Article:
My Favorite Book Dedications

Welcome to my page of quotations that are from dedications in books. When authors put a little extra effort and creativity into the dedication rather than simply writing “For Someone,” it’s as if they adorn the entryway to their story with a welcoming porch light and garland. –ღTerri

For Beatrice —
Dead women tell no tales.
Sad men write them down.
~Lemony Snicket, The Grim Grotto, 2004

This book is dedicated to
and all the strong
black birds of promise
who defy the odds and gods
and sing their songs
~Maya Angelou, I Know Why The Caged Bird Sings, 1969

For my wife, our daughters, and our parents, and to the unending wonder of the continuum
~Nicholas A. Basbanes, A Splendor of Letters, 2003

To the Spirit:
Without whose assistance
Neither this book
Nor I
Would have been
~Alice Walker, The Color Purple, 1982

To you I owe more than to any other living being. In childhood, you were my Parent; in later life, my Teacher; in manhood, my Companion…
~Henry Ward Beecher, Lectures to Young Men, on Various Important Subjects, 1844

To Tim, with love —
so that the whole world will know
how much you mean to me
~Jodi Picoult, Salem Falls, 2001

For Tim, because I am at home in your heart
~Ellery Adams, Poisoned Prose, 2013

Lady Bird Johnson
Not all the soldiers were in Vietnam.
This one was in the White House.
~Rita Mae Brown, Dolley, 1994

To those who see trees.
~Douglas Wood, The Things Trees Know, 2005

To the men and women who wrote this book,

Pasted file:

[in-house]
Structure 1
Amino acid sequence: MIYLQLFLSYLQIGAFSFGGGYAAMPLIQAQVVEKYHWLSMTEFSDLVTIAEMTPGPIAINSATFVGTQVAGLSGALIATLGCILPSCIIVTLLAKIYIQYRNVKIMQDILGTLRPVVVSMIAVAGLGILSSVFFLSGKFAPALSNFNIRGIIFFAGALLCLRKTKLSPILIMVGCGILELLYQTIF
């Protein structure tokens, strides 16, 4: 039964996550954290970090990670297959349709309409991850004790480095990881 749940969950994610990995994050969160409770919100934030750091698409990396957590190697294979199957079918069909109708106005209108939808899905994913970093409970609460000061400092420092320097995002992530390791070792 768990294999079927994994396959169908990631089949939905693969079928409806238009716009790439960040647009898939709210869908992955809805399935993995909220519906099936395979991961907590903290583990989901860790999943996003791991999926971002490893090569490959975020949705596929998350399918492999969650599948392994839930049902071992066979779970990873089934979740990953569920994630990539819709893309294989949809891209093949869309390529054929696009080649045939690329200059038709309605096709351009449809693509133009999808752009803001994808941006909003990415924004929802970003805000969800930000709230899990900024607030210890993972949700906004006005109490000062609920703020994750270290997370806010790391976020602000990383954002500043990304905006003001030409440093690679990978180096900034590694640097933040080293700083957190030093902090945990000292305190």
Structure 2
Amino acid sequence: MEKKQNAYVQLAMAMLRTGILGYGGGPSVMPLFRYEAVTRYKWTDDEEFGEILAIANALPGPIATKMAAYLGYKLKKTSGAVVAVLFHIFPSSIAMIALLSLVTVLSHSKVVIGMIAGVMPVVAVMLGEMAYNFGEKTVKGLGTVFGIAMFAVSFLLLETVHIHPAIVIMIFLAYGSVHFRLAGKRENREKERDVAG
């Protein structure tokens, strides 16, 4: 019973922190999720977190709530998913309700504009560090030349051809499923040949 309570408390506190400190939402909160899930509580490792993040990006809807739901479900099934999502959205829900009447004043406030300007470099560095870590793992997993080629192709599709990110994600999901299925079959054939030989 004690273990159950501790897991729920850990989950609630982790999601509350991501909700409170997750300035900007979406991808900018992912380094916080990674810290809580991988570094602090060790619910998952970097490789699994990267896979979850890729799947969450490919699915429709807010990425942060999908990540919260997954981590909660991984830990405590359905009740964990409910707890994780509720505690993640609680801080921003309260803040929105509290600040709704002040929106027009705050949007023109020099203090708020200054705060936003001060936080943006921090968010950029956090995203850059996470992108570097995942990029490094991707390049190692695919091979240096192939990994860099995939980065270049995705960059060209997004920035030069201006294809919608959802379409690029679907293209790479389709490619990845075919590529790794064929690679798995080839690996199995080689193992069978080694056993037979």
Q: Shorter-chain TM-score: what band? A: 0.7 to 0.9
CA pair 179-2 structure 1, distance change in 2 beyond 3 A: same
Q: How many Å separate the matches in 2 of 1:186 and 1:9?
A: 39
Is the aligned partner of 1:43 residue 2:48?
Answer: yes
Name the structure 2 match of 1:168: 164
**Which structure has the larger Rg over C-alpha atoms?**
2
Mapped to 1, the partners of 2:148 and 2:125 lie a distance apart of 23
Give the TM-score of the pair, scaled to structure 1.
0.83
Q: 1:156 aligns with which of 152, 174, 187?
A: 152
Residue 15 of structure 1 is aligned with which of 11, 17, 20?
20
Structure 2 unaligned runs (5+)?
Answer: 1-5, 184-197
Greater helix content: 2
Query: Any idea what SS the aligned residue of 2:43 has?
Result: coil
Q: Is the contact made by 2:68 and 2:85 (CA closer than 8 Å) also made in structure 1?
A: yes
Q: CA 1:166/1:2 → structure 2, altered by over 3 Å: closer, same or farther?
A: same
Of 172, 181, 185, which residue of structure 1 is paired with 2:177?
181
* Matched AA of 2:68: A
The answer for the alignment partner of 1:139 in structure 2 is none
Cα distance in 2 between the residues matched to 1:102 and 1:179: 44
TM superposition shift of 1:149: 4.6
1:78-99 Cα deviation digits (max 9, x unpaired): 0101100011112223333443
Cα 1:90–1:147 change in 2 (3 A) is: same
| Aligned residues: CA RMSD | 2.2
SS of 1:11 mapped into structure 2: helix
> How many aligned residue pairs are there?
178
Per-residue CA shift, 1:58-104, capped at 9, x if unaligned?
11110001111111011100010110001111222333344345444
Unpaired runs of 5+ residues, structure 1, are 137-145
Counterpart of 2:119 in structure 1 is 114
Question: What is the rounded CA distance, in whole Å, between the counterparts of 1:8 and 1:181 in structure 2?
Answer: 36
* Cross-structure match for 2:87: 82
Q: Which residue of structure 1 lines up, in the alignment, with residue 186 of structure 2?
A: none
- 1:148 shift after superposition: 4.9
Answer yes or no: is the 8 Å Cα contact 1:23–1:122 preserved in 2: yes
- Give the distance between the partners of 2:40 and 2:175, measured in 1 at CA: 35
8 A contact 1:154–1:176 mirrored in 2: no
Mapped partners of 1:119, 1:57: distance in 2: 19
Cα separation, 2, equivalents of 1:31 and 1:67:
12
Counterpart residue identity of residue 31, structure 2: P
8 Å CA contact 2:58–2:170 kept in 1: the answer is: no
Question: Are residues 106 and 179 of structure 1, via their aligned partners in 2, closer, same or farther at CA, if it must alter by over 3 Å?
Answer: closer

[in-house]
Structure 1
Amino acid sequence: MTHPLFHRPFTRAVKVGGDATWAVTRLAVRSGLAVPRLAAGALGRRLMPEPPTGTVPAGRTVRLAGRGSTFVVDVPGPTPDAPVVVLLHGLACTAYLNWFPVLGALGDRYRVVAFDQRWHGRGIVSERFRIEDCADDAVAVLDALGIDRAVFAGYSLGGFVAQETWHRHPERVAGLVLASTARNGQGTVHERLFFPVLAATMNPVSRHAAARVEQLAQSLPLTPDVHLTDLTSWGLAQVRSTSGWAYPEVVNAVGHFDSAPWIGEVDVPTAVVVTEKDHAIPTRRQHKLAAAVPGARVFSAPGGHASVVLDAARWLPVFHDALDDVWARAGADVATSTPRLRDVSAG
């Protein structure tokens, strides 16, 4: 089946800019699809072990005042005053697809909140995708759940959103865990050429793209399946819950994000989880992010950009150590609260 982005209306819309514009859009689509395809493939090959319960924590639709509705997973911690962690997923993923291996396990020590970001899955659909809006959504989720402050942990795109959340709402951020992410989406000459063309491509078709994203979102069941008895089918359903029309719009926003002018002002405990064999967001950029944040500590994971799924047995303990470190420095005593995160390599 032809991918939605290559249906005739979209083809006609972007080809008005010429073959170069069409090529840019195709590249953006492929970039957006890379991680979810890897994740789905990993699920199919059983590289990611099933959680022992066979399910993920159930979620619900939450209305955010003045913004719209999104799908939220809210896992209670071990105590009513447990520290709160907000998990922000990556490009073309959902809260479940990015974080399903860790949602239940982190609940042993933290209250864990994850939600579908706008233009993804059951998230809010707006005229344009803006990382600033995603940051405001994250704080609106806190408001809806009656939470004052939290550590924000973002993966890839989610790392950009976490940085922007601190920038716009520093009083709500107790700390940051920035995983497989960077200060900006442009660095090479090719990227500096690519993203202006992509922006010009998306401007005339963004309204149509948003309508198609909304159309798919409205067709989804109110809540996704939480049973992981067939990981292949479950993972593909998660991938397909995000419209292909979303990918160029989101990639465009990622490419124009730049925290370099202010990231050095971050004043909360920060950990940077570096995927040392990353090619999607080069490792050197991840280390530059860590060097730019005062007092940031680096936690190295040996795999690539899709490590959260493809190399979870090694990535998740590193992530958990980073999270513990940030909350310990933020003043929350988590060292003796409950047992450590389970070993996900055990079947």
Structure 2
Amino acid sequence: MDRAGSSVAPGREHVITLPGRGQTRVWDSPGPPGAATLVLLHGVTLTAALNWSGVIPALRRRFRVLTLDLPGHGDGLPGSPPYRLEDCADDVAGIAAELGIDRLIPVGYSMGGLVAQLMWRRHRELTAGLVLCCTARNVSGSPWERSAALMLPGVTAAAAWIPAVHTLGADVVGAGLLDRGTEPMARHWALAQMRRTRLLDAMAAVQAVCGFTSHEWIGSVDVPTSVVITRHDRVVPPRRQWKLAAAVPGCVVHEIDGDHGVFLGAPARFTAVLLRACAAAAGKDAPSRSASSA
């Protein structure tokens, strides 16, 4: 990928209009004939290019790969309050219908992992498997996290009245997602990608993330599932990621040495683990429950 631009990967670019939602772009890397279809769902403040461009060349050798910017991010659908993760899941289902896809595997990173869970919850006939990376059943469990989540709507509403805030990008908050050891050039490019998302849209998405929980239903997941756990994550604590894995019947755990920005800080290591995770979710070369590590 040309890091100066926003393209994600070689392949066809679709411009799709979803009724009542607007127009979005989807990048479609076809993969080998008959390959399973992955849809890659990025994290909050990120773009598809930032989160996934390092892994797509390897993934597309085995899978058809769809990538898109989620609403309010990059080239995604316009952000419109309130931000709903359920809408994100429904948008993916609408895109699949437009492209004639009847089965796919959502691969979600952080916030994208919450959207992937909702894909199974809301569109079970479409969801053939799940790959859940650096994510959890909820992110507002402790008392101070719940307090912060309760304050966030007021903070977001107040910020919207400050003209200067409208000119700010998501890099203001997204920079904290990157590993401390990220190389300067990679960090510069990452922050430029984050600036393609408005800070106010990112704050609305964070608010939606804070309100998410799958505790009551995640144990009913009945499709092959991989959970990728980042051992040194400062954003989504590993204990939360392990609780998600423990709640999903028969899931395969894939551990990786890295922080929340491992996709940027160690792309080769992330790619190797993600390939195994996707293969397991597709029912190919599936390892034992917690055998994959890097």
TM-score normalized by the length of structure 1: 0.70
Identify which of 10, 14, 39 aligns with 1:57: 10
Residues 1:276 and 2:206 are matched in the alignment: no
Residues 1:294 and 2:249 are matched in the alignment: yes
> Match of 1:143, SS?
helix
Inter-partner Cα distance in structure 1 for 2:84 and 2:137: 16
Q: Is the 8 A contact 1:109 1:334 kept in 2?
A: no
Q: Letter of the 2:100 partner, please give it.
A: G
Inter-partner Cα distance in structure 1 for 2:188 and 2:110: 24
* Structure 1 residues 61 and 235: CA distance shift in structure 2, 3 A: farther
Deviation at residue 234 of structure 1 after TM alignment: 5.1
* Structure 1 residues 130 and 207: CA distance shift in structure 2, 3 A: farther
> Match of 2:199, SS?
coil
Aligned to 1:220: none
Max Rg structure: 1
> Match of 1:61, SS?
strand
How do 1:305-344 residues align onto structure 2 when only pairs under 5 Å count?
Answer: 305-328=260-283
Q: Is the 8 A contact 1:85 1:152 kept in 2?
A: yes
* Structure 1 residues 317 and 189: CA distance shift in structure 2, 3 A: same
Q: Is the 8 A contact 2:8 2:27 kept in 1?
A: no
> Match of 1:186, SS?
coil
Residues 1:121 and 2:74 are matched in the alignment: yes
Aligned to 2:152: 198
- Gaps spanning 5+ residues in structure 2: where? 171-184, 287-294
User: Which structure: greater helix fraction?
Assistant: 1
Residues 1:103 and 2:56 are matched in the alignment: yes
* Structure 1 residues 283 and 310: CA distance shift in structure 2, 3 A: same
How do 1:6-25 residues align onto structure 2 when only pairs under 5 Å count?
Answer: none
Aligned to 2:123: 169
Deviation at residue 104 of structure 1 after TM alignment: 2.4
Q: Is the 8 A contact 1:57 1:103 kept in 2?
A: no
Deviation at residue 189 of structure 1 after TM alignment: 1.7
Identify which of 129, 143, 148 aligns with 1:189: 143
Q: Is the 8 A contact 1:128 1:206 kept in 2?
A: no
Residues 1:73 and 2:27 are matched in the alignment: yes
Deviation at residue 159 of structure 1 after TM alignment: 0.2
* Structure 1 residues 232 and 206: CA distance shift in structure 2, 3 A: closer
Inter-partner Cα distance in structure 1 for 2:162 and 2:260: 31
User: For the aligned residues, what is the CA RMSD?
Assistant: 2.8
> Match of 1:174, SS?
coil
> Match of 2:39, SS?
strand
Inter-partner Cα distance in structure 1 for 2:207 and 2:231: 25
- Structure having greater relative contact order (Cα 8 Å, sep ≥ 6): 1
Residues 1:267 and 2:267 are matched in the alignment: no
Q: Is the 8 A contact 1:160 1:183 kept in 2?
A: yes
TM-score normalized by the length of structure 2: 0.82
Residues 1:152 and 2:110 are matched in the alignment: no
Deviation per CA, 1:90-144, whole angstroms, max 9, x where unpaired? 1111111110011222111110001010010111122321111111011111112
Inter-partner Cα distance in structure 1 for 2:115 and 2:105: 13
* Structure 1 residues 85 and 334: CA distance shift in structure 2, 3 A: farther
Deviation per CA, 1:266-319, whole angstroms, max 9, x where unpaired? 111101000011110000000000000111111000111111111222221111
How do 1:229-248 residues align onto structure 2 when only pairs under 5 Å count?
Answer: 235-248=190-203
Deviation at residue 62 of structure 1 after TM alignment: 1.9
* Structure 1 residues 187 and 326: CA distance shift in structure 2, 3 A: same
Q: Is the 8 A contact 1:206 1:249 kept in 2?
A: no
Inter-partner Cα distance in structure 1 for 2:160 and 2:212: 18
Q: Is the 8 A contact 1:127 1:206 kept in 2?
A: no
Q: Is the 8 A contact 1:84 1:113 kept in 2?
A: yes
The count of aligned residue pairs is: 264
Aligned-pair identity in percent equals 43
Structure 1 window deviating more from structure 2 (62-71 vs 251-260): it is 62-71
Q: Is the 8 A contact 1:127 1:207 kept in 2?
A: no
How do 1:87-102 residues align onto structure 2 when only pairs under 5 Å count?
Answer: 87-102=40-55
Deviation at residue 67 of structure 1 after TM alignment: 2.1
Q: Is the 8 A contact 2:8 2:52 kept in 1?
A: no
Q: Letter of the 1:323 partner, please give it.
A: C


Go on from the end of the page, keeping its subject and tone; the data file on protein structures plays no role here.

and speak to us here and now, of things without time;
and those who speak to us, here and now, from beyond the stars
~John K. Terres, Things Precious & Wild, 1991

At turn of year, when winter’s past
and spring’s at hand, I think at last
I understand. Then comes the night
when peepers shrill and geese in flight
gabble the moon. And then I say
that all I know can be stowed away
in an acorn cup. But this is plain:
That snow is snow and rain is rain,
that wind is change, that water ran
before earth felt the foot of man;
that flesh and blood of me are kinned
with grass and bush and tree and wind;
that love is sweet and salt are tears;
that days become the turning years;
that I am new and time is old;
that love is warm and hate is cold.
What more is there to understand
when winter’s past and spring’s at hand?

~Hal Borland, Hal Borland’s Book of Days, 1976

For Barbara, especially in Autumn
I gave you emeralds in May and amethysts in June;
July I gave you turquoise skies and silver stars and moon.
December will bring Diamonds, but before the frosty cold
I give you coal-hot rubies and October’s molten gold.
~Hal Borland, Sundial of the Seasons, 1964